Lighthearted variety in three short plays
By Otago Daily Times | Posted: Wednesday September 18, 2019
Barbara Frame reviews Cold Season, The Poisoners and Noble Endurance
LIKE other plays in the Unesco Cities of Literature Short Play Festival, these appear in a bracket of three.
The first is the absurdist Cold Season, by Finnius Teppett. One of the play’s two women characters (Willa, played by Jacinta Muir) goes outside on a cold night, has an odd experience, and decides she’s turning into a heap of disintegrating leaves. The other (Leanne, played by Ella Yiannett) forms a motherly attachment to a house plant, and knits it a bonnet to keep it warm. Meanwhile, the play’s two men, Thomas and Doc (Cole Thompson and Quinn McHardy) hover about anxiously, but have no idea what to do.
The second was my favourite. The Poisoners, by Steven Glavey, is a spoof on Elizabethan tragedy. Elements include a murder plot, everything going wrong and two unlabelled bottles of wine, one containing a deadly poison. Language goes from mockearly modern English to 21st century and back again, sometimes in the same sentence.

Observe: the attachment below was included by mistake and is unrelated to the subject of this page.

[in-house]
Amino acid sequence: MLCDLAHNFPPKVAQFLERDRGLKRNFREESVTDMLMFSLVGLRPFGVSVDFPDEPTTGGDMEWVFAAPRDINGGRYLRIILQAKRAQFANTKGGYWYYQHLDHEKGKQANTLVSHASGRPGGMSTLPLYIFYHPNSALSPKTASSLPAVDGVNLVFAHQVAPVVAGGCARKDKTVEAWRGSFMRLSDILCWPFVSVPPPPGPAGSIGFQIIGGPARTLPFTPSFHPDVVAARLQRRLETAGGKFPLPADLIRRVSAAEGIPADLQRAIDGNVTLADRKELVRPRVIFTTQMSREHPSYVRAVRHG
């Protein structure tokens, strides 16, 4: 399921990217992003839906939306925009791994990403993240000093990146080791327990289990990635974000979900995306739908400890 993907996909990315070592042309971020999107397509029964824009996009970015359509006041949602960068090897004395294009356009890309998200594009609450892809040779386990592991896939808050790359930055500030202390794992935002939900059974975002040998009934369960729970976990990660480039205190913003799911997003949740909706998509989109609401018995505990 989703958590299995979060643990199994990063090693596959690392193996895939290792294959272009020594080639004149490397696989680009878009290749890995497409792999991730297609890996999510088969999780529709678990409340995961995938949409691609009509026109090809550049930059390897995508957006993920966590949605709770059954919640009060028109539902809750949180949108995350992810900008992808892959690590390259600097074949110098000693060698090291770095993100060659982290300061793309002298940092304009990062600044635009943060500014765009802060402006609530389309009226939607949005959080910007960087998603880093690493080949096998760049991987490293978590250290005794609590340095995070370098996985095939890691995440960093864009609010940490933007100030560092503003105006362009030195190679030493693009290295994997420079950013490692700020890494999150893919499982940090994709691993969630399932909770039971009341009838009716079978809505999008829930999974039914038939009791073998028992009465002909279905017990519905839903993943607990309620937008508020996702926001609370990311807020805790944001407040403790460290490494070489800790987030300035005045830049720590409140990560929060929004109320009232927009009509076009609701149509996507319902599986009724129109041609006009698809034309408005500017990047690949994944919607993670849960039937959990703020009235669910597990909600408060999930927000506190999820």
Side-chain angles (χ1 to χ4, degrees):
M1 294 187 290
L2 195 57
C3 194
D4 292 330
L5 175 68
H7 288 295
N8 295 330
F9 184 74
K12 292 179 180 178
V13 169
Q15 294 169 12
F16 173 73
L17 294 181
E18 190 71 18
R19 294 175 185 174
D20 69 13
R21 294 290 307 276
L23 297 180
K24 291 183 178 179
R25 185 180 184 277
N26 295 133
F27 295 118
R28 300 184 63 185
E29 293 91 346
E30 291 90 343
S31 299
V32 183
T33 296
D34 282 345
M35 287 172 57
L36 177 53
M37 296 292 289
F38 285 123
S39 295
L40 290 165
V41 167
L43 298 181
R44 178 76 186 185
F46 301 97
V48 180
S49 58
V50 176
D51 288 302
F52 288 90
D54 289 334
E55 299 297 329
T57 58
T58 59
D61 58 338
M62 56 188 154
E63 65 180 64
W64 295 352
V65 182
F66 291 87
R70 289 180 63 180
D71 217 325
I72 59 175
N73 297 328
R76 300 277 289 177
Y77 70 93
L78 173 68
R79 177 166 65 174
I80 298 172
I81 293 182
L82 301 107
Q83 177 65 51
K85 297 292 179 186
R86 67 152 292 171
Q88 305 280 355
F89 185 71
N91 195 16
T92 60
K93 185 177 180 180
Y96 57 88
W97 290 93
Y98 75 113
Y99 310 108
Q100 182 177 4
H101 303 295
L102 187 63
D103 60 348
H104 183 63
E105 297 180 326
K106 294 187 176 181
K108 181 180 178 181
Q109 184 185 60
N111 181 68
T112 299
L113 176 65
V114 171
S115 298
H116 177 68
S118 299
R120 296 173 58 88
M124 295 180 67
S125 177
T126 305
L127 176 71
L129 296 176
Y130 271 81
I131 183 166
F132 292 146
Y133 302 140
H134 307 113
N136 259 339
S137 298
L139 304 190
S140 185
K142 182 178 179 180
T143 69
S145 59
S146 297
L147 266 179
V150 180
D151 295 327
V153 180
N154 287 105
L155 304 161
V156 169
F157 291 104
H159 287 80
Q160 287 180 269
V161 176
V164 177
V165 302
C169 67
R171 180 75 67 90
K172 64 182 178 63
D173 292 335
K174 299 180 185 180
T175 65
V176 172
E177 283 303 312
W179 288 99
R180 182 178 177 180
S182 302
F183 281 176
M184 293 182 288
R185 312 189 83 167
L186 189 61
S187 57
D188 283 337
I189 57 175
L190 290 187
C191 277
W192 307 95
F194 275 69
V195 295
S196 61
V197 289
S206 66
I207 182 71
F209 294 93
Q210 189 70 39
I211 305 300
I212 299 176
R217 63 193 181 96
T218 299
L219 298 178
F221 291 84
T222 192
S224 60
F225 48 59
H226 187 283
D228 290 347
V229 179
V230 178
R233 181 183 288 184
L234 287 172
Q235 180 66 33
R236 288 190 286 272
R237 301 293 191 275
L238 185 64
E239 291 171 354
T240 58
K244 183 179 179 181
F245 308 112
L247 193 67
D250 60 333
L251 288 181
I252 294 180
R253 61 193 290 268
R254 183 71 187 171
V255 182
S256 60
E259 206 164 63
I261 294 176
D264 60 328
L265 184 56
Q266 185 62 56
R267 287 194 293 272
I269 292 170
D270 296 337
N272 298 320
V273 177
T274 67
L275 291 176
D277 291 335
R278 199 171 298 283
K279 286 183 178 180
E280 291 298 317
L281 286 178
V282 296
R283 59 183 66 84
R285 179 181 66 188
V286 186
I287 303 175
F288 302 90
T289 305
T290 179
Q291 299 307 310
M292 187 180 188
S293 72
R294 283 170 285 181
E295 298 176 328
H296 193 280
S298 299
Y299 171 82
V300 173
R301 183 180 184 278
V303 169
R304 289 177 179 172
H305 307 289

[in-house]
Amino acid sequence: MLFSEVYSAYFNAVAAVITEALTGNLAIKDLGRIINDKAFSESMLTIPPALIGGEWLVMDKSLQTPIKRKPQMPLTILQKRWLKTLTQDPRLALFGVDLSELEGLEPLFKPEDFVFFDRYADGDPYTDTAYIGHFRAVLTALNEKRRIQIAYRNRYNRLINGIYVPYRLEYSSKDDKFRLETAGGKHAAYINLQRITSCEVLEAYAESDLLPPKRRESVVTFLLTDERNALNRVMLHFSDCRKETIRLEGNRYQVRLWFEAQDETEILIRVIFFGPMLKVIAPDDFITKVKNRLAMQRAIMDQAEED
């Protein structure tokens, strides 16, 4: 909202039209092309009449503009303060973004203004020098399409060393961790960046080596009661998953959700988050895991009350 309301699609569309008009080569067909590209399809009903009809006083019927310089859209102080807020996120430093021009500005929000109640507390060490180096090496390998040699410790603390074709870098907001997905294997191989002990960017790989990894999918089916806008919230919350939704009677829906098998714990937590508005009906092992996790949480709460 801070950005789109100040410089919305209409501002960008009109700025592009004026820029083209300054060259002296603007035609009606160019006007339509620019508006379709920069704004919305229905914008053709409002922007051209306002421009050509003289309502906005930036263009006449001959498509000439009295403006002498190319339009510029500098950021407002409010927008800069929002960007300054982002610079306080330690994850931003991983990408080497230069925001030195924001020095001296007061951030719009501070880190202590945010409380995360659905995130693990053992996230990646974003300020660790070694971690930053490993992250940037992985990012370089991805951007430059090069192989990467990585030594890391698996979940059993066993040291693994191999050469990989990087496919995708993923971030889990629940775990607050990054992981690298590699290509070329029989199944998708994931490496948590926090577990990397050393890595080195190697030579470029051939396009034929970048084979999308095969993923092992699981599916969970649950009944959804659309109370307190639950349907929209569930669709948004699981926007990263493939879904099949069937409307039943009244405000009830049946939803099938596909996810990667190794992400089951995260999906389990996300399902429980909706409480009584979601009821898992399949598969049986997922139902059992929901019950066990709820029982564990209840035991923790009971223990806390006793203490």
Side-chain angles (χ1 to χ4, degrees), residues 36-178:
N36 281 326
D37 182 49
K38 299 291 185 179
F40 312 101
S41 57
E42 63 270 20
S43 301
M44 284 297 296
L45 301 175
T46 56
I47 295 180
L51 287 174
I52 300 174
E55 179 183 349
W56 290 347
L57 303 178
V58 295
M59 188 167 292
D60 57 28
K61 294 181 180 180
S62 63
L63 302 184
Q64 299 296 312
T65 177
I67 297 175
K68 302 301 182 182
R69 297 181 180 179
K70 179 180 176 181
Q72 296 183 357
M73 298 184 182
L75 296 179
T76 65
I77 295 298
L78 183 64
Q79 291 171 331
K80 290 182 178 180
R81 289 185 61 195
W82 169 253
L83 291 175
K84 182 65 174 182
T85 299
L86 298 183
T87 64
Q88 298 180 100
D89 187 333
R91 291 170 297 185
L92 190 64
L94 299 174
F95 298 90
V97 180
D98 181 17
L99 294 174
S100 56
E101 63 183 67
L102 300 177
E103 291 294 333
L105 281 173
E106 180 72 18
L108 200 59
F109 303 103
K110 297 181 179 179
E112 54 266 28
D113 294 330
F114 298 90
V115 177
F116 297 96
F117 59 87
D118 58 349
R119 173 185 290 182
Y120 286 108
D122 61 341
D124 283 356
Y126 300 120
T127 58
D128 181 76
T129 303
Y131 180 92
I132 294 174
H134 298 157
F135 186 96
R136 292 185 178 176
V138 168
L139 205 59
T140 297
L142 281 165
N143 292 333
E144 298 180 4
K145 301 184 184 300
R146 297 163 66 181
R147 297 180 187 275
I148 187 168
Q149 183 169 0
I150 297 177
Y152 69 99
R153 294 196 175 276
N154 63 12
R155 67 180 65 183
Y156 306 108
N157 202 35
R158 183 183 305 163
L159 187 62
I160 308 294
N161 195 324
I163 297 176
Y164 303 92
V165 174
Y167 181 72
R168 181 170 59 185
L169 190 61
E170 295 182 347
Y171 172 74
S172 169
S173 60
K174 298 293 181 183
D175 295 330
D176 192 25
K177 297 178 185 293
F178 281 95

The plot is unremarkable and the ending predictable, but the actors have a lot of fun with the parody, the language, and the general silliness. Courtney Drummond plays parricidal Lord Malateste, Isaac Martyn dastardly Philaster, Nicole Jenkins’ sweet appearance and expressive eye movements enliven her performance as the subversive Cariola, Anson Ng gathers some of the best laughs as the servant used as a wine guineapig, and Thomas Makinson plays the Duke, the object of the foul conspiracy.
Finally, Noble Endurance, by Jessica Andrewartha, is about three members of the Endurance crew, trapped in Antarctic ice. As cold, boredom and other people’s idiosyncracies threaten to drive everyone mad, two of the crew devise a practical joke. Isaac Martyn plays Leonard Hussey, the expedition’s meteorologist, Sophie Graham is biologist Bobbie Clark and Thomas Makinson reappears, this time as Frank Wild, the second in command.
Overall, a lighthearted hour and ahalf, broadening the experience of local actors and greatly entertaining the 50 or so audience members.